Maximizing the cuboid volume with fixed perimeter

First, the *2D* case is easy...

**Q0**: In a rectangle, we know that the sum of the dimensions (lenght and width) is a fixed . Which are the dimensions values that maximize the area?

**A**: One dimension is , and thus the other is . Therefore, the area is . Then, setting the derivative equal to zero would provide us the answer ( on both dimensions)

Okay... now I want to generalize this to the *3D* case. More precisely:

**Q1**: In a cuboid (see en.wikipedia.org/wiki/Cuboid), we know that the sum of the dimensions (lenght, width and depth) is a fixed . Which are the dimensions values that maximize the volume?

Finally, is there a generalization of the answer to Q1 for *higher dimensions*?

Re: Maximizing the cuboid volume with fixed perimeter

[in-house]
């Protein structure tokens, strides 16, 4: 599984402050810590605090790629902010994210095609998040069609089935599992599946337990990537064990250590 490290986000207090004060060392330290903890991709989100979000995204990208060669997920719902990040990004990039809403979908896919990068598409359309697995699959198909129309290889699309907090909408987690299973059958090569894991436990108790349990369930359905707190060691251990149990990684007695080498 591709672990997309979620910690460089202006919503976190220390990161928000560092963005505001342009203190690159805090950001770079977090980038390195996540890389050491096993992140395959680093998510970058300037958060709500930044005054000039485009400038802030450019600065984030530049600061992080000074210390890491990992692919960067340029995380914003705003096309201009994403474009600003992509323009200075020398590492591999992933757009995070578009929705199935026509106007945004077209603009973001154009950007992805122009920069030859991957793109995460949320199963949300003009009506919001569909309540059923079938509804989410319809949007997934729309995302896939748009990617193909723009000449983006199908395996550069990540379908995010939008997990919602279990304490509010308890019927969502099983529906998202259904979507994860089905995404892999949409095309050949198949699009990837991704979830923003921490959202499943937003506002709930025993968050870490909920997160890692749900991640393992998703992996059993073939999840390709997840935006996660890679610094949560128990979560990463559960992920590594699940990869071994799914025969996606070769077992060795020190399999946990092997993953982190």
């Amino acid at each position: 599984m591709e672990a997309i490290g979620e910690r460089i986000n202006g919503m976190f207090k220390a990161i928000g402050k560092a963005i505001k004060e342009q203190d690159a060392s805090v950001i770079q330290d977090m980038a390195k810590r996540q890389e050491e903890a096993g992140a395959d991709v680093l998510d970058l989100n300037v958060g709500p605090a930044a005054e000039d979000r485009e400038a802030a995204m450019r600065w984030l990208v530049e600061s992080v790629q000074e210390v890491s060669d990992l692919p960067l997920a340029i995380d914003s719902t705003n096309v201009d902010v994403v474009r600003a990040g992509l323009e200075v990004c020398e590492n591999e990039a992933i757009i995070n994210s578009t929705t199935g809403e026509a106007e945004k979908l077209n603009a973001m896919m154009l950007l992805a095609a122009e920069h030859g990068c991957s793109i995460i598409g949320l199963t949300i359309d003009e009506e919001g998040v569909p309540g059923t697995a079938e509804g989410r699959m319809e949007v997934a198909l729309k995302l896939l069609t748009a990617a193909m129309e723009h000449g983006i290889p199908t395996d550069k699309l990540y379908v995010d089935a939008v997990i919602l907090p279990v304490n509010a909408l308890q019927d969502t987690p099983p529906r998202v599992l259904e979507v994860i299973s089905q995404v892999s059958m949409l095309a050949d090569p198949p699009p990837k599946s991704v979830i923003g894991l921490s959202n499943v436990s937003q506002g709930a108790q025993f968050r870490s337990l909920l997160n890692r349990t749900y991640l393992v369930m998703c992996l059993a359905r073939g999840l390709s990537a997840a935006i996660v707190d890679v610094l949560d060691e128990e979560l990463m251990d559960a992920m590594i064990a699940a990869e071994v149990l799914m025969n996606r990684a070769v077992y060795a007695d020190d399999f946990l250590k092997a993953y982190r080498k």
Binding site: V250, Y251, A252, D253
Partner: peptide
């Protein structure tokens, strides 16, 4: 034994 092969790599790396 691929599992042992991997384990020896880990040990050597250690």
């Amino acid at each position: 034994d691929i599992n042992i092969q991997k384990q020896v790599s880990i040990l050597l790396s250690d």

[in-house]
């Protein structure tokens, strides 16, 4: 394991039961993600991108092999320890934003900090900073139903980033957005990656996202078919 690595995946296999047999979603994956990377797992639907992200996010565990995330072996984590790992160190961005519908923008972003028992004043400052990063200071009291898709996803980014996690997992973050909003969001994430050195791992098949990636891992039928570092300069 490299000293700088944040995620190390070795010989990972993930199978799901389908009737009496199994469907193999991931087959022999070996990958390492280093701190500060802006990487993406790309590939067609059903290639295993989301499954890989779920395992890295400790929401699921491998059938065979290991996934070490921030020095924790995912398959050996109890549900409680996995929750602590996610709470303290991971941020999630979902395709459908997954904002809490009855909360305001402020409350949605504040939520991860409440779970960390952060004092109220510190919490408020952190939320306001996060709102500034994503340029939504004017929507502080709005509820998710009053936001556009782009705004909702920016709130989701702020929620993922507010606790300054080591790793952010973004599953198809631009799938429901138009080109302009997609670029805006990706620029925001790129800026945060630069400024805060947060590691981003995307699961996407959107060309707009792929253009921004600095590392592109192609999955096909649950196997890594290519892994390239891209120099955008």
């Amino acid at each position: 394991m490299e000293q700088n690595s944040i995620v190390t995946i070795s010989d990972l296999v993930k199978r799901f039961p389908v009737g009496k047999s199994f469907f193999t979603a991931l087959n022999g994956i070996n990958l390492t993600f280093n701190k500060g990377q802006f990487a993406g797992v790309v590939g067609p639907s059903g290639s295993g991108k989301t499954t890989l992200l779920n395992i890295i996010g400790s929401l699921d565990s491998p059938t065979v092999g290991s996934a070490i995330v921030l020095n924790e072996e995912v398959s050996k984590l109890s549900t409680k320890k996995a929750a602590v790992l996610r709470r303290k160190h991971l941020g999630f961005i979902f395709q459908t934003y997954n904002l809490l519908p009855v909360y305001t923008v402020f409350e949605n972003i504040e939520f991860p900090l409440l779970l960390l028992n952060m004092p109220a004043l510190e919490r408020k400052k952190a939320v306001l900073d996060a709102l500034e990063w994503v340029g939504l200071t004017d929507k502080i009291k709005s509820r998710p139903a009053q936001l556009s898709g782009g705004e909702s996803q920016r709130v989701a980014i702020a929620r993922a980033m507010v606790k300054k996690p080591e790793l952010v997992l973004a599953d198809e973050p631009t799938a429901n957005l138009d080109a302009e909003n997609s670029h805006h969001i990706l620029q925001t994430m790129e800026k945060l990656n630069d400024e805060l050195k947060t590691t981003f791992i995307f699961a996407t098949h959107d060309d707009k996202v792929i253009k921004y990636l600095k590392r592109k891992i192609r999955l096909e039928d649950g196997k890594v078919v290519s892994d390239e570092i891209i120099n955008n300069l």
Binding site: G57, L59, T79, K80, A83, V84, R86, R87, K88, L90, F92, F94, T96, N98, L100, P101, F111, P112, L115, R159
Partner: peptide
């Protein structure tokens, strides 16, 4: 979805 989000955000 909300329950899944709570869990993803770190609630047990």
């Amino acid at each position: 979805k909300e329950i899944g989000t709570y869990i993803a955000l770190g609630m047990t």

Quote:

Originally Posted by

**andre.vignatti** First, the

*2D* case is easy...

**Q0**: In a rectangle, we know that the sum of the dimensions (lenght and width) is a fixed

. Which are the dimensions values that maximize the area?

**A**: One dimension is

, and thus the other is

. Therefore, the area is

. Then, setting the derivative equal to zero would provide us the answer (

on both dimensions)

Okay... now I want to generalize this to the

*3D* case. More precisely:

**Q1**: In a cuboid (see

en.wikipedia.org/wiki/Cuboid), we know that the sum of the dimensions (lenght, width and depth) is a fixed

. Which are the dimensions values that maximize the volume?

Finally, is there a generalization of the answer to Q1 for

*higher dimensions*?

The easiest way is to use Lagrange Multipliers. So the problem would be we want to maximize the volume

subject to the constraint that

Now we use the Lagrange multipliers to get

This gives

This gives a system of three equations with four unknowns. Using the original contraint gives the non linear system of equations

This gives that

or

You can use Lagrange multipliers in any dimention to solve this problem

Re: Maximizing the cuboid volume with fixed perimeter

Hummm, thank you TheEmptySet! Now I need to learn about the Lagrange multipliers :-)